Juggling Commodities: The Procurement Manager's Balancing Act
10 May 2011 Ron Brandeberry
With multiple suppliers providing up to 7,000 items each, procurement managers have to keep many balls in the air. Selwyn Parker talks to Seabourn's Ron Brandeberry about the balancing act of supply and demand.
Procurement teams are the unsung heroes of the cruise ship industry - the departments on whom the passenger experience crucially depends. But as food prices hit a record high in February - with the UN's index of food and agricultural prices soaring above 230 and rising - they face a year of abrupt price rises, mounting shortages and the risk of gaps in the supply chain.
Furthermore, ships' itineraries have expanded greatly in the past few years, compounding the challenges that procurement teams face; for example, Carnival's supply chain now covers more than 70 ports, twice as many as five years ago, while the global fleet of cruise ships visits 500 destinations.
With new and bigger ships being launched, the industry's requirement for everything from fresh fruit and beverages to glassware and fire-proof deck furniture is growing all the time.
In 2010, 14.3 million passengers went on a cruise holiday and bookings are even higher for 2011. This revolution couldn't have happened without a quantum leap in improvements in management systems over the past few years. The delivery of thousands of products to precise schedules and in exact quantities that meet agreed quality standards would otherwise be impossible. As supply chain executives point out, there's no margin for error in delivery, with a one-day window for most suppliers.
"The biggest improvement for us has been our internal system for inventory control and ordering," explains Ron Brandeberry, manager hotel procurement and logistics for Carnival-owned boutique line Seabourn. "New software systems and best-practice ideas from our larger corporate fleet have helped us improve efficiency."
Software notwithstanding, the major headache now for all procurement managers is erratic prices across a wide swathe of supplies.
"The biggest issue is shortages of commodities, as well as supply and demand," says Brandeberry. "They have a big impact on volume of purchases."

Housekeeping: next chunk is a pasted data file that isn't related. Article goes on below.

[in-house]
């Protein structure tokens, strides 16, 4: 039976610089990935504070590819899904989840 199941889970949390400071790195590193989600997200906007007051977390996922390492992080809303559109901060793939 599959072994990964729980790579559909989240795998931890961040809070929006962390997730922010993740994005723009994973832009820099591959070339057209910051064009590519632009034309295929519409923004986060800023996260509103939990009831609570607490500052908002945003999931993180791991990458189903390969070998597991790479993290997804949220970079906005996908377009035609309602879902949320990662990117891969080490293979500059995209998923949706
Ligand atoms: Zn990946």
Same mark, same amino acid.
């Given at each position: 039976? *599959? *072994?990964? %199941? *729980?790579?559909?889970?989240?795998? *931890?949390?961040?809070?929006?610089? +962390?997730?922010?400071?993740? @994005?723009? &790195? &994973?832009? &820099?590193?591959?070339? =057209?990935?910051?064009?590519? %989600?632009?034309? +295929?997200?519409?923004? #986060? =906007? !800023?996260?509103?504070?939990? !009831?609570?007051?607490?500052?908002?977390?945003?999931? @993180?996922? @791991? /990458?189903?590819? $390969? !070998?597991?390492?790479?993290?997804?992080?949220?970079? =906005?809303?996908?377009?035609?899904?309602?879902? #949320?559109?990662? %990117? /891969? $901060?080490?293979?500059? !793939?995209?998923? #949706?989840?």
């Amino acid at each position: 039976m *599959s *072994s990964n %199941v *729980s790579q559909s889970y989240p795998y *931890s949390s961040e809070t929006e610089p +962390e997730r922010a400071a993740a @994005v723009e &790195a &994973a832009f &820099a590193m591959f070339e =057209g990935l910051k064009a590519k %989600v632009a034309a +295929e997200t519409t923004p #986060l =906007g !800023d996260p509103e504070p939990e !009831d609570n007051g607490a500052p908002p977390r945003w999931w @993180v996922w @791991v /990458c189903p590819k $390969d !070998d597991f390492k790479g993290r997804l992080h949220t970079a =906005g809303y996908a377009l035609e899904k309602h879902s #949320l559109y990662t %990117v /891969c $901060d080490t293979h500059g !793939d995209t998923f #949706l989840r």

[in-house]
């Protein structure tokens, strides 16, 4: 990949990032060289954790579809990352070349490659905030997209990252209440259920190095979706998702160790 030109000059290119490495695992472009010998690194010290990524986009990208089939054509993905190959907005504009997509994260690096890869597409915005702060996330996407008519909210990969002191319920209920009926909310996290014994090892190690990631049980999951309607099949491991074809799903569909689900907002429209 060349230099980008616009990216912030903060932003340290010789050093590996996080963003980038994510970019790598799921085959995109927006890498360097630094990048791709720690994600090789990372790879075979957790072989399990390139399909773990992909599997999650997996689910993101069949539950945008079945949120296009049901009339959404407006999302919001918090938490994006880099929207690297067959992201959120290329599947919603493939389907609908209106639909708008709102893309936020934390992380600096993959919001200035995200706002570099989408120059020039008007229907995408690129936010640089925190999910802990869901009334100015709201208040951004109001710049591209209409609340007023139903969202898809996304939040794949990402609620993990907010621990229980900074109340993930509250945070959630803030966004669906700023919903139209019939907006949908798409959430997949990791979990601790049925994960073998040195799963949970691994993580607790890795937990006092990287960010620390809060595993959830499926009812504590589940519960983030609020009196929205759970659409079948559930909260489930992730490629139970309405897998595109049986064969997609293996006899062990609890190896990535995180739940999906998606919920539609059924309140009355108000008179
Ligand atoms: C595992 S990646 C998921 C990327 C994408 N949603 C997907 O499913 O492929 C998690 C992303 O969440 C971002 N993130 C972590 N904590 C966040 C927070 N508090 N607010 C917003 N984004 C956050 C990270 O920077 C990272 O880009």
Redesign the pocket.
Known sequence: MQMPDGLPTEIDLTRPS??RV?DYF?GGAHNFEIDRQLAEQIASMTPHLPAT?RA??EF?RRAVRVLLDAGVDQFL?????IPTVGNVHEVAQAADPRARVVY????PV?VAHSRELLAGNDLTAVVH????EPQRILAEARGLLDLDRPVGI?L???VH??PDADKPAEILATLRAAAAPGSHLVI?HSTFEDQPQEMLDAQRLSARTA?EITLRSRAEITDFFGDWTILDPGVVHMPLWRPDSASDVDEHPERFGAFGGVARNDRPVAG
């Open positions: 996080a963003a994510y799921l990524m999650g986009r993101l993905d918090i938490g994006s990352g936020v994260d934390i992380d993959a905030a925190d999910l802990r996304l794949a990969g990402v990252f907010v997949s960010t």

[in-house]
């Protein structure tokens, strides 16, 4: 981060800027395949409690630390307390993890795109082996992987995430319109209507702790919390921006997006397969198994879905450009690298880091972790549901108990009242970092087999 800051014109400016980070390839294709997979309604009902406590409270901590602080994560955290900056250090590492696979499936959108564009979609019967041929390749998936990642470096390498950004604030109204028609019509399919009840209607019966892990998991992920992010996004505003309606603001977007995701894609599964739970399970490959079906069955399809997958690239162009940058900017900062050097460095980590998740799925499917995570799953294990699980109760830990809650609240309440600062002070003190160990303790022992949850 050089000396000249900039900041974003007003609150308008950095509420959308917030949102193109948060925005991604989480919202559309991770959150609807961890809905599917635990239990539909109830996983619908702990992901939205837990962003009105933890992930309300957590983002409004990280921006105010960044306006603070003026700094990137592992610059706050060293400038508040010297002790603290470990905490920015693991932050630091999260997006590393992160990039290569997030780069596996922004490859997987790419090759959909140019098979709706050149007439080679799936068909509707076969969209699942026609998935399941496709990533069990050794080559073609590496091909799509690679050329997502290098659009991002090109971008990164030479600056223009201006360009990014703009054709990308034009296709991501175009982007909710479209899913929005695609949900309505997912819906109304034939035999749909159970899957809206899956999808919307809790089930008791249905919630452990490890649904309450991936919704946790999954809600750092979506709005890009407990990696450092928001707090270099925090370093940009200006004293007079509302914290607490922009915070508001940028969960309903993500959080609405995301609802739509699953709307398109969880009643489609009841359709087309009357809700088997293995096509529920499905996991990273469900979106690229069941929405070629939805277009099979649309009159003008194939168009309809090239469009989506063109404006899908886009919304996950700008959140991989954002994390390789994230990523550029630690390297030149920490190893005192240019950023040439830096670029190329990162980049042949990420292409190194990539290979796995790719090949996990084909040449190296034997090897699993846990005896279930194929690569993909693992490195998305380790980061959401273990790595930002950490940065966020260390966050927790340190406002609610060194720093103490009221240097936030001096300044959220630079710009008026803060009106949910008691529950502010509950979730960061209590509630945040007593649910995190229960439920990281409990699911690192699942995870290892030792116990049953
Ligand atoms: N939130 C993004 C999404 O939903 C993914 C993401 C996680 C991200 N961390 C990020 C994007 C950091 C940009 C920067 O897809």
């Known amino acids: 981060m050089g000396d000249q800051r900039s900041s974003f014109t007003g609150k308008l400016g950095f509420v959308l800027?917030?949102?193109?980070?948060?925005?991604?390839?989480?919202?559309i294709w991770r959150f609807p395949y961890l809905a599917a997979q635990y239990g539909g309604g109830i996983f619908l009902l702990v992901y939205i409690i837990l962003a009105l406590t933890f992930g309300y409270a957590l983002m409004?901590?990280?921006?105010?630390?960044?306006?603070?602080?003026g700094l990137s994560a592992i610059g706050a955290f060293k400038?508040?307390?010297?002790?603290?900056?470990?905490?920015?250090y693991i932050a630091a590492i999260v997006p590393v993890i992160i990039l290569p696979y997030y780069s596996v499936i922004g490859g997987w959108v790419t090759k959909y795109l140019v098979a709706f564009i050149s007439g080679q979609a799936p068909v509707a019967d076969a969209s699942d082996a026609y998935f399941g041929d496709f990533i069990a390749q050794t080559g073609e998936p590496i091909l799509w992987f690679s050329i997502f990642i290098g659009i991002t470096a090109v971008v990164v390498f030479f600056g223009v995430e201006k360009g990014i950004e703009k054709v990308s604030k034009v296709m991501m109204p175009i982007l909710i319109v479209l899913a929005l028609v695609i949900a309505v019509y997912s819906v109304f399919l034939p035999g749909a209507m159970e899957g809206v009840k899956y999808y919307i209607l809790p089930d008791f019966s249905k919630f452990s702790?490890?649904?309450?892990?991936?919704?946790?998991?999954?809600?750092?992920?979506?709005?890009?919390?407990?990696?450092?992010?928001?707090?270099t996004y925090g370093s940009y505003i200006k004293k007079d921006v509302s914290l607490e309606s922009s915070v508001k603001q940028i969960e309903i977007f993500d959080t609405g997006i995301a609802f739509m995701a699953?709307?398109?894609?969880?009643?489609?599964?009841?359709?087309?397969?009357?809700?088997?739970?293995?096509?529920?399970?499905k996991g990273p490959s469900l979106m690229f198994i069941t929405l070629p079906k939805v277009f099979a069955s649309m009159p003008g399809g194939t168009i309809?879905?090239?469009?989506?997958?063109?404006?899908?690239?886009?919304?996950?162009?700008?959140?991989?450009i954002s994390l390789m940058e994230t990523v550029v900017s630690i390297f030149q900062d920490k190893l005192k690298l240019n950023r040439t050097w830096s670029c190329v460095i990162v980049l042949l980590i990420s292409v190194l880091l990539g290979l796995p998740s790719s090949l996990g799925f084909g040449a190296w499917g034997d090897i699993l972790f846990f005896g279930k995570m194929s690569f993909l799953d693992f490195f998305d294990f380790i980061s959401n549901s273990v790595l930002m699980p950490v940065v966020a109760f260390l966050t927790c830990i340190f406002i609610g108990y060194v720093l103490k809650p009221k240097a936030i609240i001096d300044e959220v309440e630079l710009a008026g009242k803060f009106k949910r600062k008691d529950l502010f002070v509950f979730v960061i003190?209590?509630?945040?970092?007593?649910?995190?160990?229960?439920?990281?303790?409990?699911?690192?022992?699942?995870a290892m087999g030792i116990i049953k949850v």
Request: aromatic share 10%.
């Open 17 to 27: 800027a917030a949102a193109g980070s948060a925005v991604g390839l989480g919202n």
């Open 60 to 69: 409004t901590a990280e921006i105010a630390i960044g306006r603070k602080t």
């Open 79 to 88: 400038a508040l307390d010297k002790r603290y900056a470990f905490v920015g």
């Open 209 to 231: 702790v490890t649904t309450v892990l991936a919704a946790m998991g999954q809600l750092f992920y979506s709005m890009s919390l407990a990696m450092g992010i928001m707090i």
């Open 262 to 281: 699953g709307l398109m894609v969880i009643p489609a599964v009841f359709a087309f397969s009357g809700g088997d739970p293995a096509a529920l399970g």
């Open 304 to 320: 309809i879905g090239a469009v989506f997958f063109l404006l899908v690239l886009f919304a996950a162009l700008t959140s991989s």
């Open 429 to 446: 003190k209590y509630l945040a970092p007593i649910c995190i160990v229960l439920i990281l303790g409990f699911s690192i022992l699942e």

Adding to procurement's challenges is the double whammy of far-flung itineraries, which require managers to deal with many more suppliers and port authorities in different currencies, as well as competition with other industries, such as supermarkets, land-based hotels, airlines and rail, for a wide range of increasingly expensive commodities.
Some newer ports have yet to get up to speed with the industry's requirements. Supply chain specialists say they routinely face delays in shipments and containers because of problems with customs documentation. In emerging destinations such as Asia, operators are rapidly establishing relationships with a whole new set of suppliers and port authorities. In this scenario, Seabourn is no different.
"Where we send containers or where we're pulling stocks from our supply hubs, the markets are harmonised [in terms of pricing and availability]," says Brandeberry. "The big issues arise in the remote ports of supply."
It's not easy for remote suppliers either. Documentation, especially for dry or frozen foodstuffs, can be rigorous, subject to change and bureaucratic in newer destinations. Dock workers, vital in the delivery chain from port gate to ship, don't always fully understand a cruise ship's tight schedules. And, because operators prefer to deal with the fewest possible number of suppliers, the latter must warehouse increasingly big inventories. It's by no means unusual for a supplier to run a 7,000-item shopping list. Closer to home, though, things generally go smoothly in terms of continuity of supply.
"Because all or most of our ships operate in Europe from about April through to November, we depot a lot of our material in central Europe, and that has helped us by enabling more customised transport solutions," says Brandeberry. "We aren't trying to fill a container all the time."
Meanwhile, it's highly unlikely that commodity prices will flatten out for months, if at all, in 2011.
As Amrita Sen, commodities analyst at Barclays Capital, told a conference in London in February 2011, they will probably become increasingly volatile and vulnerable to shocks. That's not exactly the news that procurement managers want to hear.